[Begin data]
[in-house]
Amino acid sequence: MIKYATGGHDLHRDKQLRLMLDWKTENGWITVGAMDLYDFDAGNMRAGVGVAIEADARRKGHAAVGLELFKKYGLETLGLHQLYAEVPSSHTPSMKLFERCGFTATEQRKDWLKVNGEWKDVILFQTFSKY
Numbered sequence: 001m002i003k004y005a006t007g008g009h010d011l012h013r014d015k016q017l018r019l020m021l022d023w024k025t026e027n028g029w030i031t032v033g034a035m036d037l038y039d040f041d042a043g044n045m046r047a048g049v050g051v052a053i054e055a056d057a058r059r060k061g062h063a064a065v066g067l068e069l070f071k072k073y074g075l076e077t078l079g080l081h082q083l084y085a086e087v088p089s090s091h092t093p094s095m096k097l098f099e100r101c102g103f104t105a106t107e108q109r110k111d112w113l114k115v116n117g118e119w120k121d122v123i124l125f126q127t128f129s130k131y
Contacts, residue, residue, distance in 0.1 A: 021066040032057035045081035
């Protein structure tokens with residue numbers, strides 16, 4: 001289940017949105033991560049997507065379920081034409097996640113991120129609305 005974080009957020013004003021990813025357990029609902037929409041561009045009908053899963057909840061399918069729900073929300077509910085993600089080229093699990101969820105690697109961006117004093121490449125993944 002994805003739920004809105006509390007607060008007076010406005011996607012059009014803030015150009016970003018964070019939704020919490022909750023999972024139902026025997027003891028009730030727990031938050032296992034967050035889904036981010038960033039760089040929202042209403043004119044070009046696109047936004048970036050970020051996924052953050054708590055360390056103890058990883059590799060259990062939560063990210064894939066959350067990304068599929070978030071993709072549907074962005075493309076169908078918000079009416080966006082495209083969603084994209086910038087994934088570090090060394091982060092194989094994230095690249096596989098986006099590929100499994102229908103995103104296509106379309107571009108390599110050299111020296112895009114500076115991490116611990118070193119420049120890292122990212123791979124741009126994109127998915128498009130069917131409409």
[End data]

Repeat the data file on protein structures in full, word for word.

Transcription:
[in-house]
Amino acid sequence: MIKYATGGHDLHRDKQLRLMLDWKTENGWITVGAMDLYDFDAGNMRAGVGVAIEADARRKGHAAVGLELFKKYGLETLGLHQLYAEVPSSHTPSMKLFERCGFTATEQRKDWLKVNGEWKDVILFQTFSKY
Numbered sequence: 001m002i003k004y005a006t007g008g009h010d011l012h013r014d015k016q017l018r019l020m021l022d023w024k025t026e027n028g029w030i031t032v033g034a035m036d037l038y039d040f041d042a043g044n045m046r047a048g049v050g051v052a053i054e055a056d057a058r059r060k061g062h063a064a065v066g067l068e069l070f071k072k073y074g075l076e077t078l079g080l081h082q083l084y085a086e087v088p089s090s091h092t093p094s095m096k097l098f099e100r101c102g103f104t105a106t107e108q109r110k111d112w113l114k115v116n117g118e119w120k121d122v123i124l125f126q127t128f129s130k131y
Contacts, residue, residue, distance in 0.1 A: 021066040032057035045081035
């Protein structure tokens with residue numbers, strides 16, 4: 001289940017949105033991560049997507065379920081034409097996640113991120129609305 005974080009957020013004003021990813025357990029609902037929409041561009045009908053899963057909840061399918069729900073929300077509910085993600089080229093699990101969820105690697109961006117004093121490449125993944 002994805003739920004809105006509390007607060008007076010406005011996607012059009014803030015150009016970003018964070019939704020919490022909750023999972024139902026025997027003891028009730030727990031938050032296992034967050035889904036981010038960033039760089040929202042209403043004119044070009046696109047936004048970036050970020051996924052953050054708590055360390056103890058990883059590799060259990062939560063990210064894939066959350067990304068599929070978030071993709072549907074962005075493309076169908078918000079009416080966006082495209083969603084994209086910038087994934088570090090060394091982060092194989094994230095690249096596989098986006099590929100499994102229908103995103104296509106379309107571009108390599110050299111020296112895009114500076115991490116611990118070193119420049120890292122990212123791979124741009126994109127998915128498009130069917131409409």